What didn’t I like?

Gods. I feel like they could have given us more of the gods. Perhaps I’m a bit spoiled from the Kevin Sorbo’s Hercules: The Legendary Journeys TV show, but it just seems as if Herc should have encountered some of his brothers and sisters, or at the very least, had regular run-in with Zeus. That would have been better than the freaky statue coming to life.

Character design. I’m not sure where I fall on the design of these characters, and that isn’t a good thing. On the one hand, I applaud the design of Hades, Philoctetes, etc., but on the flipside young Hercules, Megara, and some of the lesser gods just weren’t doing it for me. At first, I thought perhaps they were going for a look that resembled Grecian writing, but now it just seems like the animators just experimented with a style that didn’t work as well as they thought it would.

CG. In Hercules’ first heroic deed, or one of his firsts, he battles the dreaded Hydra. For some reason, animators decided that the Hydra needed to be CG, but I honestly could not tell you why. Other than the part where he suddenly has a gazillion heads because Hercules hadn’t figured out that chopping its head off only creates more, it could very well have been hand drawn. The animators just got lazy, which is why everything animated these days is CG. GRRR!!!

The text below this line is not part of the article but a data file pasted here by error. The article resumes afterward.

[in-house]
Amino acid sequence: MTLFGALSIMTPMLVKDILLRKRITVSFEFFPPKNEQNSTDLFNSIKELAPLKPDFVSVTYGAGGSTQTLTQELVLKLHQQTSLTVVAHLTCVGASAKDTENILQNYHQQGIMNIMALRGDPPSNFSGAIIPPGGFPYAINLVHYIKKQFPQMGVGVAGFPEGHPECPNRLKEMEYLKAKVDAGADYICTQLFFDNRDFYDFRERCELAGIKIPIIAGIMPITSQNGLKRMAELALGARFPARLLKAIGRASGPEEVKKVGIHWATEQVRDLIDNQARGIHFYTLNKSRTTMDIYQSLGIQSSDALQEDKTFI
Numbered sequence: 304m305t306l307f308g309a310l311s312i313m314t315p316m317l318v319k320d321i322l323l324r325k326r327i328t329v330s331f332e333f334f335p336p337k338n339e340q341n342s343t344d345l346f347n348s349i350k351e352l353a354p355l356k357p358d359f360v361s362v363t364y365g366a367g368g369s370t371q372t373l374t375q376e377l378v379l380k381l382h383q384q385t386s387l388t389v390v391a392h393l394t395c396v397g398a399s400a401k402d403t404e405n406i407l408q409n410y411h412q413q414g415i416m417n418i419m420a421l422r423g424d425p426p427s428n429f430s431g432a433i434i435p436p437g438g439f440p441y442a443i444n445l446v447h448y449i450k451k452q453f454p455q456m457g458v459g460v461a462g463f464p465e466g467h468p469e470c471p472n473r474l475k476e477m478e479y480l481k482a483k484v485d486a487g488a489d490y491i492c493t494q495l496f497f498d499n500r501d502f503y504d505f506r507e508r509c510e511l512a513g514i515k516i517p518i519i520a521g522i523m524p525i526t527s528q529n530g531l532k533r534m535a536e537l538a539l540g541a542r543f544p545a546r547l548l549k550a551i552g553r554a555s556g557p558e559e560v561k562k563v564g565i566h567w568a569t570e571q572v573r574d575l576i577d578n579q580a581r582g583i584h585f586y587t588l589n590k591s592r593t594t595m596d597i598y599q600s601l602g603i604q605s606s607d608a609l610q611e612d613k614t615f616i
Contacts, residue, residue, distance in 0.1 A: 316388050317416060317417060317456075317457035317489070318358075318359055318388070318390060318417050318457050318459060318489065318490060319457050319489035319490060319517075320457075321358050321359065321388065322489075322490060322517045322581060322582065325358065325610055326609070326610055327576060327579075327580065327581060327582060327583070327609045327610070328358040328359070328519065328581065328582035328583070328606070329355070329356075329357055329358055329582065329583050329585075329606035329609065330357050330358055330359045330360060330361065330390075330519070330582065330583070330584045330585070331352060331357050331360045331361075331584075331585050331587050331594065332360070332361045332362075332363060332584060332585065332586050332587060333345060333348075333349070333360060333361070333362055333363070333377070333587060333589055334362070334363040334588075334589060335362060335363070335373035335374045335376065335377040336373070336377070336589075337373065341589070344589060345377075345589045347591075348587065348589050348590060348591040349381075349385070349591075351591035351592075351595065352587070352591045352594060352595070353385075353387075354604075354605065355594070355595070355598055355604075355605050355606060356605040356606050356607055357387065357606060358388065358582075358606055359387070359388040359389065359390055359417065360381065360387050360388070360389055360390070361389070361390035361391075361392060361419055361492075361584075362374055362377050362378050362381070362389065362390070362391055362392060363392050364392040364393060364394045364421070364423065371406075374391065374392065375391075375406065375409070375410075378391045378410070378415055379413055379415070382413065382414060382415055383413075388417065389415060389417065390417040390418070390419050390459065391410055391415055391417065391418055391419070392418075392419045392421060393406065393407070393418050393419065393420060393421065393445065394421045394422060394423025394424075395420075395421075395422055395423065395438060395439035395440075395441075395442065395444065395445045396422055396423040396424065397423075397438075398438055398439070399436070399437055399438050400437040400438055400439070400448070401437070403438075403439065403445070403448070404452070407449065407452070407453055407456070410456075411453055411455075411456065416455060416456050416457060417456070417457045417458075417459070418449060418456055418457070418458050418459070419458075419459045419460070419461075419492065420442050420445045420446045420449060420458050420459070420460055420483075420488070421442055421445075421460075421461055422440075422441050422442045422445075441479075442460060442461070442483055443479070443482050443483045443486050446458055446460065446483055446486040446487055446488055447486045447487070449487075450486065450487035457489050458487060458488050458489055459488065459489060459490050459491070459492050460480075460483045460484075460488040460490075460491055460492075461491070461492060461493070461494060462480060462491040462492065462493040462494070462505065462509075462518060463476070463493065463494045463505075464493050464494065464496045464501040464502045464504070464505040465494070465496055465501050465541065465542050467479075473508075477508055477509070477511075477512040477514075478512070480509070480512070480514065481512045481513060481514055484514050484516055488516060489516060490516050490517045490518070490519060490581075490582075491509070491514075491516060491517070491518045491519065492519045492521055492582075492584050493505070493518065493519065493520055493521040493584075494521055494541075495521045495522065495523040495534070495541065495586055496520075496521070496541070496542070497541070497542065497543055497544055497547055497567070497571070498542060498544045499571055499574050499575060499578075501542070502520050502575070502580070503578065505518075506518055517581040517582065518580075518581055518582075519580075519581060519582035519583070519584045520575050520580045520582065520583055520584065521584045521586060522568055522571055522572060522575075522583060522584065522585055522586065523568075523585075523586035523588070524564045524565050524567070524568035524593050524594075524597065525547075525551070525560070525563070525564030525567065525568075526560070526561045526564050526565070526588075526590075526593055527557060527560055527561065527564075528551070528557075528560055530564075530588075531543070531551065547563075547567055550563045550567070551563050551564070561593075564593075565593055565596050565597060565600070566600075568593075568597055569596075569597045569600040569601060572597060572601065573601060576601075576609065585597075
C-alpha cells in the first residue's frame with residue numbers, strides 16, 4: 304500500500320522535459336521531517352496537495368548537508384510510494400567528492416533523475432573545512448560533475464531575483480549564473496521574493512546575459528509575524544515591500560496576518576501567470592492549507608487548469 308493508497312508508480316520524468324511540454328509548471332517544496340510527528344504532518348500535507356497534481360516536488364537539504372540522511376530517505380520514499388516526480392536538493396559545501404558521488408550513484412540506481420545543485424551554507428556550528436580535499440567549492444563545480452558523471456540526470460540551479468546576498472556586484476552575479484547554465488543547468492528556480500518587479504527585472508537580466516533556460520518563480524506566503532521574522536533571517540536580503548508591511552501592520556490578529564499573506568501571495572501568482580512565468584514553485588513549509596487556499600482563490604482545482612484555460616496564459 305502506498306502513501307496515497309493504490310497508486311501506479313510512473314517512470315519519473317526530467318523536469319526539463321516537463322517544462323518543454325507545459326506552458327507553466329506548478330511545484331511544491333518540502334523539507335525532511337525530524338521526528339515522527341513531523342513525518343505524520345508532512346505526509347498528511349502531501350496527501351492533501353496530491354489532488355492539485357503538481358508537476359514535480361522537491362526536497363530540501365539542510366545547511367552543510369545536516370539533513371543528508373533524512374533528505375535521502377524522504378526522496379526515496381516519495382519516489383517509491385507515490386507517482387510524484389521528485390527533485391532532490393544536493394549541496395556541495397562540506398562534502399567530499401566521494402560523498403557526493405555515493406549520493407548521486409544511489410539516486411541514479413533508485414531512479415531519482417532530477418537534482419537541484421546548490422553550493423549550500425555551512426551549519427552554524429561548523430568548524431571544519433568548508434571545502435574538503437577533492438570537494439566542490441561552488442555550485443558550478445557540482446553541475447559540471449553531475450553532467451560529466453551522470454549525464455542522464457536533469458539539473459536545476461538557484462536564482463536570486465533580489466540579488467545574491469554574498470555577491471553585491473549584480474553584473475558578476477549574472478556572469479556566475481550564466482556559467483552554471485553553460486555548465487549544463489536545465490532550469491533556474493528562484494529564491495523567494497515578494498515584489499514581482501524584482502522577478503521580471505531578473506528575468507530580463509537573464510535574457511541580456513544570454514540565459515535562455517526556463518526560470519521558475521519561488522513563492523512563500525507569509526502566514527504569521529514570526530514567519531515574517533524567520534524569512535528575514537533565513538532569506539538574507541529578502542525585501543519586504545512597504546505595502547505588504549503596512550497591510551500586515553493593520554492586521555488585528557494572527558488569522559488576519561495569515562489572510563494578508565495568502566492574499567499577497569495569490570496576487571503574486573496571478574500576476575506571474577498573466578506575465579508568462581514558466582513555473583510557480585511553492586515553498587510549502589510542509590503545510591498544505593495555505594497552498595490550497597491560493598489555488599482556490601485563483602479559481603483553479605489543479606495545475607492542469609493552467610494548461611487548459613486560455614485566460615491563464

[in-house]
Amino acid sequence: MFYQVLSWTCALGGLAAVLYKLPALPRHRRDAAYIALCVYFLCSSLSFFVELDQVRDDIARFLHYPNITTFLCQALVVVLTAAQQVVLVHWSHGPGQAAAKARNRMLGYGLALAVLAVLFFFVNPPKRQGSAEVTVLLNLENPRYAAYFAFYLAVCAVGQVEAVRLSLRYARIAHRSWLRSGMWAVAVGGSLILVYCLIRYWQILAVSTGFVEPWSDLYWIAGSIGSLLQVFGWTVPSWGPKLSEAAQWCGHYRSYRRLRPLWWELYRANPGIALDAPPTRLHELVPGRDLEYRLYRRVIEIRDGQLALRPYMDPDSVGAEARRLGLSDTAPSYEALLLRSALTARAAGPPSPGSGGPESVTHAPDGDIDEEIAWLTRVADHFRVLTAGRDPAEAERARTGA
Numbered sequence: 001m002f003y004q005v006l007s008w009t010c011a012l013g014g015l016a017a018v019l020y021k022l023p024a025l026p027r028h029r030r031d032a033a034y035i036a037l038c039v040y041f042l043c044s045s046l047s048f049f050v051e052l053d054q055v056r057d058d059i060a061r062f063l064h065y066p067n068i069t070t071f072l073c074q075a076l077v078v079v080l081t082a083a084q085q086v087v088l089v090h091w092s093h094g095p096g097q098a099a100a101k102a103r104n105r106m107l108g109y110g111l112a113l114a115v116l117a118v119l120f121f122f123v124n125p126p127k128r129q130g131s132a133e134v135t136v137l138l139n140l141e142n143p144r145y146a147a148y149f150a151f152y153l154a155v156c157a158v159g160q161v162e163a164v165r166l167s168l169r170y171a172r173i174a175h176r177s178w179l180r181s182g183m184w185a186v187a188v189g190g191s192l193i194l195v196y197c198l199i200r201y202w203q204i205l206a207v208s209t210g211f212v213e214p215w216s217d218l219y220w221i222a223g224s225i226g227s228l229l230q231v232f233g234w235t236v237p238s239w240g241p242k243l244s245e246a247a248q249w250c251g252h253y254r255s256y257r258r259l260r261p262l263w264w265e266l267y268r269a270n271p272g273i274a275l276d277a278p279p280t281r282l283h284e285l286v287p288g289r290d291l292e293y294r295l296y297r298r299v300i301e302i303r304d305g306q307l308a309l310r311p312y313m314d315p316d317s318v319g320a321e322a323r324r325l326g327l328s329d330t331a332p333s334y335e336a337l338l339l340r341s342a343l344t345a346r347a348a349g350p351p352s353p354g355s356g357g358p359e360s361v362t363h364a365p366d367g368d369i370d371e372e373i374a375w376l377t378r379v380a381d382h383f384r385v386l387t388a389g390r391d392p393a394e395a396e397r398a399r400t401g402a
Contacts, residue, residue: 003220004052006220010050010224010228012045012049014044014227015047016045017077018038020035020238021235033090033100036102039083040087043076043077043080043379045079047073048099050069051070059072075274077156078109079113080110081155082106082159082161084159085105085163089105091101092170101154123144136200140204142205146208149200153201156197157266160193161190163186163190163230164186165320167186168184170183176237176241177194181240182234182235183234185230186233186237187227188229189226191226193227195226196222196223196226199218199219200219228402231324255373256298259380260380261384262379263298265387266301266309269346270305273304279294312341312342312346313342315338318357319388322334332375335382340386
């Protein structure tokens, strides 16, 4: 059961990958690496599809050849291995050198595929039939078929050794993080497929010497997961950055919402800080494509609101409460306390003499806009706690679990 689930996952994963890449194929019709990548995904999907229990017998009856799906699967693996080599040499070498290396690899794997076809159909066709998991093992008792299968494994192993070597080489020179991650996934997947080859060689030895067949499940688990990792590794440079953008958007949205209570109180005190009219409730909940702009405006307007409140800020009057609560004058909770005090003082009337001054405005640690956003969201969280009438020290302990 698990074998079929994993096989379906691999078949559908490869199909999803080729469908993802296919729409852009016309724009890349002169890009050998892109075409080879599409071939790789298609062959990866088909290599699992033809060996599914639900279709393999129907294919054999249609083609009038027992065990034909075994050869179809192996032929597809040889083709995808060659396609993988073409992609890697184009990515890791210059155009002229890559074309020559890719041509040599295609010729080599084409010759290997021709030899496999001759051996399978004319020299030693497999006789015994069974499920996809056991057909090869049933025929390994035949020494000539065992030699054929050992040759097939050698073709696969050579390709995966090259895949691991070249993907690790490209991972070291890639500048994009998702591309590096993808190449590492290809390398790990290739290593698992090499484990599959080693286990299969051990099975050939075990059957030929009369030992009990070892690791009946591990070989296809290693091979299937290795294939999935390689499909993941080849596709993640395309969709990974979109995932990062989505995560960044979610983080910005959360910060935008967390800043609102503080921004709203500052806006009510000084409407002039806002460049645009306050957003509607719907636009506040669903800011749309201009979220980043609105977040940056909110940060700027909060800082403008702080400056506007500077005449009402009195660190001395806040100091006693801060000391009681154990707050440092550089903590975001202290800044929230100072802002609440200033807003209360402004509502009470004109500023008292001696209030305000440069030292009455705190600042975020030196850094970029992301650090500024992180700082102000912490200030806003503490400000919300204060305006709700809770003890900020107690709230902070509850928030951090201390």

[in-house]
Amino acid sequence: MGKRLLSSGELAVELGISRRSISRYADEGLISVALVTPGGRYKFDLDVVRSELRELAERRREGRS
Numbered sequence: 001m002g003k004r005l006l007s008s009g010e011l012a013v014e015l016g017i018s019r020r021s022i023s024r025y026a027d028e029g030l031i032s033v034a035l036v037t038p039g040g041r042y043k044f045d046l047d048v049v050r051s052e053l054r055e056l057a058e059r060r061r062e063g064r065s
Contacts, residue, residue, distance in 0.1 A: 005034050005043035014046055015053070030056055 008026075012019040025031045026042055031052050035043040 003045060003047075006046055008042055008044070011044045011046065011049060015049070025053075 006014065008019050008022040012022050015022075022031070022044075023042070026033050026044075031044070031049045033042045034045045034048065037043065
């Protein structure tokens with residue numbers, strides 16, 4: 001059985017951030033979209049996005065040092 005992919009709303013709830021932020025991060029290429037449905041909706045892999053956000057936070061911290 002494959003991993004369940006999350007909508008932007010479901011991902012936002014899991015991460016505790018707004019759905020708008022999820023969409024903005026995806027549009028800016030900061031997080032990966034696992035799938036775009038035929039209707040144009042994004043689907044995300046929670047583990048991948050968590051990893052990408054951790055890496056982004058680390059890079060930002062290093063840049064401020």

While not the crown jewel in the Disney collection, Hercules provided audiences with lots of fun. I really don’t understand why people seem to be so down on this flick, but they are. I highly recommend that you give this a shot! It is a Disney animated musical, you don’t get much better than that, now do you?

4 out of 5 stars

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2 Responses to “Revisited: Hercules”

  1. […] to make him Sampson from the bible, rather than Hercules. Say what you will about Disney’s Hercules, at least they let Hercules be a demigod and then threw in a slight love story. Maybe this film […]

  2. […] in my head like King Candy from Wreck-It Ralph or perhaps more of a booming voice like Zeus in Hercules. Also, can we please get Cube to stop shoe horning in “It was a good day” into what is […]